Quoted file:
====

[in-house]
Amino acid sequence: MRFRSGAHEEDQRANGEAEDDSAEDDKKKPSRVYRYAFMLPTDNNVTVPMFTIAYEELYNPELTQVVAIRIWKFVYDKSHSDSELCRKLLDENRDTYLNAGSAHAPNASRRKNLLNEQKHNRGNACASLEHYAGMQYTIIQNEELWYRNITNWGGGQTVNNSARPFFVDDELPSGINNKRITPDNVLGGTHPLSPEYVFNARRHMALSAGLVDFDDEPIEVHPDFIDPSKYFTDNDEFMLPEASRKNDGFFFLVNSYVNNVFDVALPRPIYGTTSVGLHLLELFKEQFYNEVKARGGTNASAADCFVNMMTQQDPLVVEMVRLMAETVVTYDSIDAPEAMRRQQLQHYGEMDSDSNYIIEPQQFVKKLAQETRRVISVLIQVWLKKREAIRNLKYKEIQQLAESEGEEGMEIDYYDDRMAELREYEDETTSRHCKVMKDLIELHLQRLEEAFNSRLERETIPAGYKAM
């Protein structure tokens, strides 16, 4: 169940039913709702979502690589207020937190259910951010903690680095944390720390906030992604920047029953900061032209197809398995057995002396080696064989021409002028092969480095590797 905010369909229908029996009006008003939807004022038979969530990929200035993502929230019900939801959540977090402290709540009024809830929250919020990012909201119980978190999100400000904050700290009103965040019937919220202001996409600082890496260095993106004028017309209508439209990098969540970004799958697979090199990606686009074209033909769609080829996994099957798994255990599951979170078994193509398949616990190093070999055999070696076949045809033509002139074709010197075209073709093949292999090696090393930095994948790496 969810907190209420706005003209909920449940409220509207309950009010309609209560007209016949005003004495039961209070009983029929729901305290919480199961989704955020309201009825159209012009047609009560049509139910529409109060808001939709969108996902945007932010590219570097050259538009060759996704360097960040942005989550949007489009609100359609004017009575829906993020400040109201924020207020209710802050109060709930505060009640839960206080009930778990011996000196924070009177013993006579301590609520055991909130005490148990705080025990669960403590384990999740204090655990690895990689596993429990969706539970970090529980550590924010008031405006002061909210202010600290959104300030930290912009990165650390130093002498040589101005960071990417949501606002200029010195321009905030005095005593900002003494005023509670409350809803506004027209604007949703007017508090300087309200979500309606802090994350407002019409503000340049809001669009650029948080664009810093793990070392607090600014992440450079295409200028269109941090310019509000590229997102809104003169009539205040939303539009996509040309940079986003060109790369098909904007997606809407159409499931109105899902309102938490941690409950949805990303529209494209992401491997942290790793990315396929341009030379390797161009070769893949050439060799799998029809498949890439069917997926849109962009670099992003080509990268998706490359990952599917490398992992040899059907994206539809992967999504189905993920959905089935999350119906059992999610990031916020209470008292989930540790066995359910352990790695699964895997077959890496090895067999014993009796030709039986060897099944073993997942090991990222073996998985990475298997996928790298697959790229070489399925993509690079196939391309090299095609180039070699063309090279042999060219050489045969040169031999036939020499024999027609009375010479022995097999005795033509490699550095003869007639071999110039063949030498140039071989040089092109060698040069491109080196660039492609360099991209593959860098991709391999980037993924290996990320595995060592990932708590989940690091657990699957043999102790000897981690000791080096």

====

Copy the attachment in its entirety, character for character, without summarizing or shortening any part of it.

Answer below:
[in-house]
Amino acid sequence: MRFRSGAHEEDQRANGEAEDDSAEDDKKKPSRVYRYAFMLPTDNNVTVPMFTIAYEELYNPELTQVVAIRIWKFVYDKSHSDSELCRKLLDENRDTYLNAGSAHAPNASRRKNLLNEQKHNRGNACASLEHYAGMQYTIIQNEELWYRNITNWGGGQTVNNSARPFFVDDELPSGINNKRITPDNVLGGTHPLSPEYVFNARRHMALSAGLVDFDDEPIEVHPDFIDPSKYFTDNDEFMLPEASRKNDGFFFLVNSYVNNVFDVALPRPIYGTTSVGLHLLELFKEQFYNEVKARGGTNASAADCFVNMMTQQDPLVVEMVRLMAETVVTYDSIDAPEAMRRQQLQHYGEMDSDSNYIIEPQQFVKKLAQETRRVISVLIQVWLKKREAIRNLKYKEIQQLAESEGEEGMEIDYYDDRMAELREYEDETTSRHCKVMKDLIELHLQRLEEAFNSRLERETIPAGYKAM
């Protein structure tokens, strides 16, 4: 169940039913709702979502690589207020937190259910951010903690680095944390720390906030992604920047029953900061032209197809398995057995002396080696064989021409002028092969480095590797 905010369909229908029996009006008003939807004022038979969530990929200035993502929230019900939801959540977090402290709540009024809830929250919020990012909201119980978190999100400000904050700290009103965040019937919220202001996409600082890496260095993106004028017309209508439209990098969540970004799958697979090199990606686009074209033909769609080829996994099957798994255990599951979170078994193509398949616990190093070999055999070696076949045809033509002139074709010197075209073709093949292999090696090393930095994948790496 969810907190209420706005003209909920449940409220509207309950009010309609209560007209016949005003004495039961209070009983029929729901305290919480199961989704955020309201009825159209012009047609009560049509139910529409109060808001939709969108996902945007932010590219570097050259538009060759996704360097960040942005989550949007489009609100359609004017009575829906993020400040109201924020207020209710802050109060709930505060009640839960206080009930778990011996000196924070009177013993006579301590609520055991909130005490148990705080025990669960403590384990999740204090655990690895990689596993429990969706539970970090529980550590924010008031405006002061909210202010600290959104300030930290912009990165650390130093002498040589101005960071990417949501606002200029010195321009905030005095005593900002003494005023509670409350809803506004027209604007949703007017508090300087309200979500309606802090994350407002019409503000340049809001669009650029948080664009810093793990070392607090600014992440450079295409200028269109941090310019509000590229997102809104003169009539205040939303539009996509040309940079986003060109790369098909904007997606809407159409499931109105899902309102938490941690409950949805990303529209494209992401491997942290790793990315396929341009030379390797161009070769893949050439060799799998029809498949890439069917997926849109962009670099992003080509990268998706490359990952599917490398992992040899059907994206539809992967999504189905993920959905089935999350119906059992999610990031916020209470008292989930540790066995359910352990790695699964895997077959890496090895067999014993009796030709039986060897099944073993997942090991990222073996998985990475298997996928790298697959790229070489399925993509690079196939391309090299095609180039070699063309090279042999060219050489045969040169031999036939020499024999027609009375010479022995097999005795033509490699550095003869007639071999110039063949030498140039071989040089092109060698040069491109080196660039492609360099991209593959860098991709391999980037993924290996990320595995060592990932708590989940690091657990699957043999102790000897981690000791080096």